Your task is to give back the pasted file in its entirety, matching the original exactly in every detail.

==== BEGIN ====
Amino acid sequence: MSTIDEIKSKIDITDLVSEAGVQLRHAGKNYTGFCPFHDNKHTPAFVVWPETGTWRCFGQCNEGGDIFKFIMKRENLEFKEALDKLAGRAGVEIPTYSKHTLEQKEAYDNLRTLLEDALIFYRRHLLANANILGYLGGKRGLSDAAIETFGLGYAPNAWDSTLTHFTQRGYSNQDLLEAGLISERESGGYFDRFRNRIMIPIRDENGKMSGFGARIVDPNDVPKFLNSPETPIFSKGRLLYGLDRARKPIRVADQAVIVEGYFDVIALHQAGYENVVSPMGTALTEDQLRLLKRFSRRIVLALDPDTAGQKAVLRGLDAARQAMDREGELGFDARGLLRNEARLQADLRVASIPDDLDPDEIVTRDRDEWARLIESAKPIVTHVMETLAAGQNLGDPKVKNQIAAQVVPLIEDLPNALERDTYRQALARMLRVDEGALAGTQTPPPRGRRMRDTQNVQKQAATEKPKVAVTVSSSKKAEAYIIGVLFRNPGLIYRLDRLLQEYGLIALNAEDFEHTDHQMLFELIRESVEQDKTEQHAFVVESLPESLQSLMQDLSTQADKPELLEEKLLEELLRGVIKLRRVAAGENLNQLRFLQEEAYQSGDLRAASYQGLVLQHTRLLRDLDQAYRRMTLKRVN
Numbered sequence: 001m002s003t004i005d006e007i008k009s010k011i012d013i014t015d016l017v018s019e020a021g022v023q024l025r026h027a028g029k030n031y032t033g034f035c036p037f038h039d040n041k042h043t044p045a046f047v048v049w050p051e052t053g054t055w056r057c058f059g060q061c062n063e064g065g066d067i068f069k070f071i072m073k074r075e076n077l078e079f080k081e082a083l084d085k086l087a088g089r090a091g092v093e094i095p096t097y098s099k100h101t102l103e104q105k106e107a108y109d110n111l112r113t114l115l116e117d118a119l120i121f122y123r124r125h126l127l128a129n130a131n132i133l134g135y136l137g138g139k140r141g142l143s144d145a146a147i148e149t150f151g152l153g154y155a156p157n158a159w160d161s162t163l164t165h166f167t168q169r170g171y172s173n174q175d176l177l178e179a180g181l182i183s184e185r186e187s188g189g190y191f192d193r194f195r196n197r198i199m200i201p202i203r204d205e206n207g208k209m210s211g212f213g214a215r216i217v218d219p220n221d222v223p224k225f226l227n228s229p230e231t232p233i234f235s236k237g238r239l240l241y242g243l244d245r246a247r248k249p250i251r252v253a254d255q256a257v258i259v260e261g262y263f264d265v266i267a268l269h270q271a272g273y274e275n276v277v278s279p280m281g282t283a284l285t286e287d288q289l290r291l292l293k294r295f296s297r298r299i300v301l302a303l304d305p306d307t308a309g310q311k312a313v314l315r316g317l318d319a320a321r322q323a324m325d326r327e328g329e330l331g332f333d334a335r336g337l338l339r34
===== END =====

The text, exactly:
Amino acid sequence: MSTIDEIKSKIDITDLVSEAGVQLRHAGKNYTGFCPFHDNKHTPAFVVWPETGTWRCFGQCNEGGDIFKFIMKRENLEFKEALDKLAGRAGVEIPTYSKHTLEQKEAYDNLRTLLEDALIFYRRHLLANANILGYLGGKRGLSDAAIETFGLGYAPNAWDSTLTHFTQRGYSNQDLLEAGLISERESGGYFDRFRNRIMIPIRDENGKMSGFGARIVDPNDVPKFLNSPETPIFSKGRLLYGLDRARKPIRVADQAVIVEGYFDVIALHQAGYENVVSPMGTALTEDQLRLLKRFSRRIVLALDPDTAGQKAVLRGLDAARQAMDREGELGFDARGLLRNEARLQADLRVASIPDDLDPDEIVTRDRDEWARLIESAKPIVTHVMETLAAGQNLGDPKVKNQIAAQVVPLIEDLPNALERDTYRQALARMLRVDEGALAGTQTPPPRGRRMRDTQNVQKQAATEKPKVAVTVSSSKKAEAYIIGVLFRNPGLIYRLDRLLQEYGLIALNAEDFEHTDHQMLFELIRESVEQDKTEQHAFVVESLPESLQSLMQDLSTQADKPELLEEKLLEELLRGVIKLRRVAAGENLNQLRFLQEEAYQSGDLRAASYQGLVLQHTRLLRDLDQAYRRMTLKRVN
Numbered sequence: 001m002s003t004i005d006e007i008k009s010k011i012d013i014t015d016l017v018s019e020a021g022v023q024l025r026h027a028g029k030n031y032t033g034f035c036p037f038h039d040n041k042h043t044p045a046f047v048v049w050p051e052t053g054t055w056r057c058f059g060q061c062n063e064g065g066d067i068f069k070f071i072m073k074r075e076n077l078e079f080k081e082a083l084d085k086l087a088g089r090a091g092v093e094i095p096t097y098s099k100h101t102l103e104q105k106e107a108y109d110n111l112r113t114l115l116e117d118a119l120i121f122y123r124r125h126l127l128a129n130a131n132i133l134g135y136l137g138g139k140r141g142l143s144d145a146a147i148e149t150f151g152l153g154y155a156p157n158a159w160d161s162t163l164t165h166f167t168q169r170g171y172s173n174q175d176l177l178e179a180g181l182i183s184e185r186e187s188g189g190y191f192d193r194f195r196n197r198i199m200i201p202i203r204d205e206n207g208k209m210s211g212f213g214a215r216i217v218d219p220n221d222v223p224k225f226l227n228s229p230e231t232p233i234f235s236k237g238r239l240l241y242g243l244d245r246a247r248k249p250i251r252v253a254d255q256a257v258i259v260e261g262y263f264d265v266i267a268l269h270q271a272g273y274e275n276v277v278s279p280m281g282t283a284l285t286e287d288q289l290r291l292l293k294r295f296s297r298r299i300v301l302a303l304d305p306d307t308a309g310q311k312a313v314l315r316g317l318d319a320a321r322q323a324m325d326r327e328g329e330l331g332f333d334a335r336g337l338l339r34